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Waiting is Hard to Do

Submitted by Amanda Dumsch December 30, 2019

From the Archive: Blog written by Michael J. Sheridan, MSW, PhD, Special Advisor for Diversity and Wellness Programs, It is December 2019, and while many are enjoying the holidays, if you are trainee, you are probably asking yourself, “I haven’t heard back from a number of medical schools, is there something I can do to move them along? Should I assume I won’t get in?  Will I get an interview at the graduate programs that I applied to?  I am waiting to hear from academic positions …is there anything I can do?  The good news is that, if you haven’t heard anything yet, you are still being considered. With the holidays fast approaching, it is probable that most communication will resume in the new year.  The reality is that waiting for a response is hard thing to do. index Dr. Michael Sheridan, Special Advisor for Diversity and Wellness Programs offers some strategies to help and writes that an area to be aware of while you wait is what is going on in your mind – specifically, the “inner chatter” that is present. It’s important to realize that you “talk” to yourself more than anyone else and thus, what you are saying makes a difference.  There are two particular qualities of this inner chatter to be mindful of – the “when” and the “what.” The “when” of your inner dialogue refers to how much the mind is focused on either the past (“I wish I had remembered to put X in my application.” “I should have had so and so critique my letter before I sent it.”) or the future (“What will I do if I don’t get any interviews?” “If I don’t hear back from them by the end of this week, it means I didn’t get in”).  The reality of both past and future musings (or let’s face it, worrying) is that it is truly wasted effort as you can’t change something that’s already happened and you can’t predict what is going to happen in the future!  The only moment you have any control of is the current moment – and even then, I’m talking about control of your own thoughts and behaviors – not the actions of others or the eventual outcome.  Focusing on what you can do versus what you can’t lowers anxiety and builds confidence. The “what” of your inner chatter has to do with the overall message or tone of what you are saying to yourself.  Are your thoughts harshly self-critical? (“I know I did a terrible job on that personal essay – I probably sounded really stupid”) Do they have a doomsday or “catastrophizing” flavor to them? (“I didn’t get this position, which means I won’t get any of the others I applied for either”)  Or are they balanced and positive? (“I know I won’t get accepted by everyone, but I probably won’t get rejected by everyone either” -“I’ve done the best I can and I can handle whatever the next step needs to be”).  A good thing to cultivate during the waiting is compassionate self-talk, or treating yourself with “the same kindness, care, and concern that you would treat a good friend” (Dr. Kristen Neff, So notice what you’re saying to yourself and if it is not supportive, ask yourself if you would say this to a good friend.  Chances are, you would offer something more encouraging, so try being your own good friend! In addition to Dr. Sheridan’s suggestions above, we invite you to visit our blog, where we suggested some activities to engage in during the holidays that will help you prepare to continue pursuing your career goals.  Also, be sure to visit our OITE web page as well to attend workshops and schedule an appointment with a career counselor.  If you are one of our extended community readers, please check with your home institution and local resources for career services. We will see you in 2019!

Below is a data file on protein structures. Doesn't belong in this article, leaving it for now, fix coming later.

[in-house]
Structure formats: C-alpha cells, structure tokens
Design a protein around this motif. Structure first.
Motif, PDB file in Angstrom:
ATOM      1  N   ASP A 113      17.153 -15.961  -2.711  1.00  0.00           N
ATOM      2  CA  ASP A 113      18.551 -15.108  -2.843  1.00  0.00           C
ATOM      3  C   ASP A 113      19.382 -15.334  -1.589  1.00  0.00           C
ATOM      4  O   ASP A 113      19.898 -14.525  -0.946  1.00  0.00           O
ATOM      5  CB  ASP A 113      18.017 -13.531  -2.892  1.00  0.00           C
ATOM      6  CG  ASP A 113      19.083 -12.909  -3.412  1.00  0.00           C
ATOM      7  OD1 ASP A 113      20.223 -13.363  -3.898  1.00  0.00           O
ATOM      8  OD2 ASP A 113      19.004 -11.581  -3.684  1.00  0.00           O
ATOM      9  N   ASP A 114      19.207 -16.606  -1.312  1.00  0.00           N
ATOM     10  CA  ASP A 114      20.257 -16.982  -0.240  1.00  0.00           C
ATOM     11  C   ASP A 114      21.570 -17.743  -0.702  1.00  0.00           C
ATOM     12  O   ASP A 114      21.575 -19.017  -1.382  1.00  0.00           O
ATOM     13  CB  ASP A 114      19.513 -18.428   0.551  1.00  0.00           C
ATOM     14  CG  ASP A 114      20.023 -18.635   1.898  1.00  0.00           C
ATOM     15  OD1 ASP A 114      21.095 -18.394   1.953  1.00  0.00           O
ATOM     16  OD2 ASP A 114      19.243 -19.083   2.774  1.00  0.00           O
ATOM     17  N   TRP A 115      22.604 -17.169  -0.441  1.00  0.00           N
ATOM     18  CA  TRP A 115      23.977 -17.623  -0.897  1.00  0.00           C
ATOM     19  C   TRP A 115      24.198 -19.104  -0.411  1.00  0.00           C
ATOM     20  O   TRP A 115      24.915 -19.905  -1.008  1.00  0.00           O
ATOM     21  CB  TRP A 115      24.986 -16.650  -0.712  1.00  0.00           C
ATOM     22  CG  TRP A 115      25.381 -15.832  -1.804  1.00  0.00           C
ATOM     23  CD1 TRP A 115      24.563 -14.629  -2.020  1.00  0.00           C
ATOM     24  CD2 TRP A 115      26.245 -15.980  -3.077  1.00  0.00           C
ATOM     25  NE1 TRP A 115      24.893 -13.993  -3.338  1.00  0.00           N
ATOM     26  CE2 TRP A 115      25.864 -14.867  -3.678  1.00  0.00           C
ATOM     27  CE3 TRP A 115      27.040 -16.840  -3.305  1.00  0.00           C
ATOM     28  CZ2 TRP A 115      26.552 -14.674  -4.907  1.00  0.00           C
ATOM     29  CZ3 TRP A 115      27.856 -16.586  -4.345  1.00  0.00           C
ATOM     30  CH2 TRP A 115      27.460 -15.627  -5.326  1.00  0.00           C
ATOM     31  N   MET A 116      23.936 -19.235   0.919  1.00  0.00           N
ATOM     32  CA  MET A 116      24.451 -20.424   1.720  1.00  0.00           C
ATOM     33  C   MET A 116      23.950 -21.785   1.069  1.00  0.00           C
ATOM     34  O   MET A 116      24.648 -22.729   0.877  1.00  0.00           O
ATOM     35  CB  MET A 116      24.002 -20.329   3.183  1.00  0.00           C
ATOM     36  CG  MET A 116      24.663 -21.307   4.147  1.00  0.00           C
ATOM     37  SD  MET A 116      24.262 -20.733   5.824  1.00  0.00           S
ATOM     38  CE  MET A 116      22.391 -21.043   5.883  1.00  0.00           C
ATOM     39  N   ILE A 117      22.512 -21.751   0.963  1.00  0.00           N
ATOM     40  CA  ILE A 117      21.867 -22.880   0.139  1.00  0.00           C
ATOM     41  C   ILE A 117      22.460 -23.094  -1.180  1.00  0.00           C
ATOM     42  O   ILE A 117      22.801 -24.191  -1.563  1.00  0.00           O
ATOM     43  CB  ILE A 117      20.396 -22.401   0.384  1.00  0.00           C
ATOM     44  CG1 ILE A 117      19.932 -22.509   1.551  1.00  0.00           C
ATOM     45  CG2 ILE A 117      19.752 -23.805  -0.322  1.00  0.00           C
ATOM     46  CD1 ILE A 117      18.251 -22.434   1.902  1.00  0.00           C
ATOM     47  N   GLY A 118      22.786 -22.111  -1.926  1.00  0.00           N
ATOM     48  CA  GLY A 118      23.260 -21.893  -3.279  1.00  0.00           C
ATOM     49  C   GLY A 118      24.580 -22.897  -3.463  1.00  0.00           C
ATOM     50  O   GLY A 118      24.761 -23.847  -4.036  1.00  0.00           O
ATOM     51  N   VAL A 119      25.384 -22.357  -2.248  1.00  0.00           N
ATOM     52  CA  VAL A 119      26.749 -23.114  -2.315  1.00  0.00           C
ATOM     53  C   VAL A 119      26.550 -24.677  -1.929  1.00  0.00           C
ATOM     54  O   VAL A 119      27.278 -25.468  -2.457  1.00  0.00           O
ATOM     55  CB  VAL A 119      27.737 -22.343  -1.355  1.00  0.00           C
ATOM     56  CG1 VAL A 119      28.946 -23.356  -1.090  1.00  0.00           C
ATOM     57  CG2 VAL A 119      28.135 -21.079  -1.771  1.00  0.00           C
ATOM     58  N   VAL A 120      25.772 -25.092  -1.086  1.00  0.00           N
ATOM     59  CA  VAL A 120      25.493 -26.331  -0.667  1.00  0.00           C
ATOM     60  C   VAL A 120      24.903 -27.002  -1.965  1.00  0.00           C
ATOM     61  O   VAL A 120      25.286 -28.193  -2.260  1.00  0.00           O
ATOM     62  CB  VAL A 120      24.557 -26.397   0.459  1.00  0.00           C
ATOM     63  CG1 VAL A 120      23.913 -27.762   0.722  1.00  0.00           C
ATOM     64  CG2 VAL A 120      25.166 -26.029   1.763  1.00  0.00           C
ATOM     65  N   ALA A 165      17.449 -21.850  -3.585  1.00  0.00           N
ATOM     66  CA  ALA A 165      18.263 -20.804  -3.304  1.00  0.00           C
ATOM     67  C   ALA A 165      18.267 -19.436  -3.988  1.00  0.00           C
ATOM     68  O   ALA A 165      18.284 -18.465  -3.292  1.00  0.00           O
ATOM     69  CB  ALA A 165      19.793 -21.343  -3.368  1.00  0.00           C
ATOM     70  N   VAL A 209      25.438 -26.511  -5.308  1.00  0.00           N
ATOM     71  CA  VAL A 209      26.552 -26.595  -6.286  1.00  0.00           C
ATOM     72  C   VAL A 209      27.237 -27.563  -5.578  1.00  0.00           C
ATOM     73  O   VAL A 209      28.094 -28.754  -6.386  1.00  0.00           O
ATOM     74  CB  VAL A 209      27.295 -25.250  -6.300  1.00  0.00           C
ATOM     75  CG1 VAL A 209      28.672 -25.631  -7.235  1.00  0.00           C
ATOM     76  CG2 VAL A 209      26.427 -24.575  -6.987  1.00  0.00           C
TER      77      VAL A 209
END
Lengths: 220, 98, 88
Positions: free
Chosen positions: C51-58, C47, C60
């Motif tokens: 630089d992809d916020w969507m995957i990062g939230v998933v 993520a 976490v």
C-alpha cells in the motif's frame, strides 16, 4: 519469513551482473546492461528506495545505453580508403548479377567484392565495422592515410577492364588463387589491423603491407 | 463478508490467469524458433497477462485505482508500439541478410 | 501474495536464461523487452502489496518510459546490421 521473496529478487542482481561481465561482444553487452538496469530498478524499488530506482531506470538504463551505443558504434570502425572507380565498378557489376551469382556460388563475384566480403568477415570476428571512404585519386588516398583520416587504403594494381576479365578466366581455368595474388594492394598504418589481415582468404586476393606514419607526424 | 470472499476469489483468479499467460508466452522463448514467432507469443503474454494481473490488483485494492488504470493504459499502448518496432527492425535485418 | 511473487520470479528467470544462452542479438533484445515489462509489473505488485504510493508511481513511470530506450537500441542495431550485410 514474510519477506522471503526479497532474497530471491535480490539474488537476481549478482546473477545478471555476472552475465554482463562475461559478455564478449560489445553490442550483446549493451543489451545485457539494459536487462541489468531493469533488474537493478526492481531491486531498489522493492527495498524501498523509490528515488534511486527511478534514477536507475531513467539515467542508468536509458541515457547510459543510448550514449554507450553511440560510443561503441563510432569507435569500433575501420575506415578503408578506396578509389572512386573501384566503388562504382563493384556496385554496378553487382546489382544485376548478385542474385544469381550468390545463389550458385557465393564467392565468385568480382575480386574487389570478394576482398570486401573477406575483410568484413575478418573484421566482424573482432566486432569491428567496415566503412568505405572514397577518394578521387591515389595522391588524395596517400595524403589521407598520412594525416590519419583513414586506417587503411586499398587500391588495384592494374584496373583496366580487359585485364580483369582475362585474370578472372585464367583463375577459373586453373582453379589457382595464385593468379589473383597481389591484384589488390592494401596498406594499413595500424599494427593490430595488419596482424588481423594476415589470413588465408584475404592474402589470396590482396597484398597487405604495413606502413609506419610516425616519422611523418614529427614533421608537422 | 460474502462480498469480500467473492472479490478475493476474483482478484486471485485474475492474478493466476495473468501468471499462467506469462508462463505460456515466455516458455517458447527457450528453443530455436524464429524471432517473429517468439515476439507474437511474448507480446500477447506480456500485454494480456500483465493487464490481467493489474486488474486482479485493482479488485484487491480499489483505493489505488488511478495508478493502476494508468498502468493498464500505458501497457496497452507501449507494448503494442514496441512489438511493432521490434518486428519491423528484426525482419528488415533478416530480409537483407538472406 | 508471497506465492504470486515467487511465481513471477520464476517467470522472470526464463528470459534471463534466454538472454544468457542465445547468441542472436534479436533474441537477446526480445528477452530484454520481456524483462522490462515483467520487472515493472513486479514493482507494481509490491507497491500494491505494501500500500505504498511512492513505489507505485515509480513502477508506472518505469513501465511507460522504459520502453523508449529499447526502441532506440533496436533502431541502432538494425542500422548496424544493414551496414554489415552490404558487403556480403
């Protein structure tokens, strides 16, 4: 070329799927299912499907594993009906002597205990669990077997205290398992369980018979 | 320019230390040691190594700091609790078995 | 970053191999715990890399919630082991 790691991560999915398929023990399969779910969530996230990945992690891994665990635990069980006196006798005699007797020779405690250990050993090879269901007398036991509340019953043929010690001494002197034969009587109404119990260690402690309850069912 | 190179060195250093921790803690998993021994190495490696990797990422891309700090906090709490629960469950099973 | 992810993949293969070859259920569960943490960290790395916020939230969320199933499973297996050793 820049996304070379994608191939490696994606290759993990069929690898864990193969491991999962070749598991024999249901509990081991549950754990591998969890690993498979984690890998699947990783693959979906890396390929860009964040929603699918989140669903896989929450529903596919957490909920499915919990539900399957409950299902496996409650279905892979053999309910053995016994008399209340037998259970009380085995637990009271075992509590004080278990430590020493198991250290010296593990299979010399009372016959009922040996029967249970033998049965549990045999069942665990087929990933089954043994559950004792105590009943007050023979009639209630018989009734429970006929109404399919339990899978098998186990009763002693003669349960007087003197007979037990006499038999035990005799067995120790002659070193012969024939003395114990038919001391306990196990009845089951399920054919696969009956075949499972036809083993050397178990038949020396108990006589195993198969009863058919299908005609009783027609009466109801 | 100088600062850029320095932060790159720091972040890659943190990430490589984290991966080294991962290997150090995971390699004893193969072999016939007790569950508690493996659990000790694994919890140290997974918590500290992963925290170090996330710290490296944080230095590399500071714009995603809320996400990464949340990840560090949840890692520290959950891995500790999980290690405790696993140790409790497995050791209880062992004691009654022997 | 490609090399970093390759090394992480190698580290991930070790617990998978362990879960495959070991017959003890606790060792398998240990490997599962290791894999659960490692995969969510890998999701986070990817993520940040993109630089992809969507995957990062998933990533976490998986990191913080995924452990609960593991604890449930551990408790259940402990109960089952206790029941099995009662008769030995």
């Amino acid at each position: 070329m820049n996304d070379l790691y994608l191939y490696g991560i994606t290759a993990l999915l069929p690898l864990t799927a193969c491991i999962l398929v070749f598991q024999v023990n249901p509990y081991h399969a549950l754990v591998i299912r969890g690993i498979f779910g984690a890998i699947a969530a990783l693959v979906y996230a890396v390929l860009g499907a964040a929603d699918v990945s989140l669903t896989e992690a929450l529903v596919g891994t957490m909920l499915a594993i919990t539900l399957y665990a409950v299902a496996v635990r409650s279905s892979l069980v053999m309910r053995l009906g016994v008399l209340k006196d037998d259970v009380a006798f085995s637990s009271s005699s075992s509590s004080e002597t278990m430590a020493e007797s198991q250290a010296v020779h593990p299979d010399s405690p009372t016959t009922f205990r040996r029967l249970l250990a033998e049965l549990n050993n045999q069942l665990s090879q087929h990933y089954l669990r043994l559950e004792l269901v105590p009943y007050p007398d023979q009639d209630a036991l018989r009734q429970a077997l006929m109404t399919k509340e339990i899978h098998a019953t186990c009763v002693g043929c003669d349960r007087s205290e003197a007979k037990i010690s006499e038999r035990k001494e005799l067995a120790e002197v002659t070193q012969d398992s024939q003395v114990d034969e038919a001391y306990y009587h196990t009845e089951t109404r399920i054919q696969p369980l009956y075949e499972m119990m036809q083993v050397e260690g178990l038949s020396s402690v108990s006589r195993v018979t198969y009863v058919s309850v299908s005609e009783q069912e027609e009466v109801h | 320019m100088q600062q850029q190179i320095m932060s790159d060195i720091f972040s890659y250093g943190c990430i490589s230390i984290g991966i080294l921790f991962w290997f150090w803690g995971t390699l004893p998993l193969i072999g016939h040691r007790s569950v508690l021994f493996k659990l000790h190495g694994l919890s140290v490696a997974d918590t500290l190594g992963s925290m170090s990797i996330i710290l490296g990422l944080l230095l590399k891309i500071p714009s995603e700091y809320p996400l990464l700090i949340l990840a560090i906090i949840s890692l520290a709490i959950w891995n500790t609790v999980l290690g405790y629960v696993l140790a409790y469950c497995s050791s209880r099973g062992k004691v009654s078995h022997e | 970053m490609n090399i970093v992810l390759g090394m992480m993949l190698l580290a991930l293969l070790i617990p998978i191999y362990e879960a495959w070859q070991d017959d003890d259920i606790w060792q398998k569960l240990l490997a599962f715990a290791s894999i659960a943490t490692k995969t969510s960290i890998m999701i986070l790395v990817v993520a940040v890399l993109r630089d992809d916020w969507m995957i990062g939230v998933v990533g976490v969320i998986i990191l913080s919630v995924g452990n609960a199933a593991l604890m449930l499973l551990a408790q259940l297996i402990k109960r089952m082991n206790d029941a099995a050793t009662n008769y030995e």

Career Exploration Road Map

Submitted by Amanda Dumsch December 16, 2019
career exploration

The career exploration road map is a tool that was developed by Bill Lindstaedt and Jennie Dorman to help students/trainees visualize the career exploration process and track their progress. This tool was initially developed for graduate students and postdocs at the University of California, San Francisco, but is now available for all to use.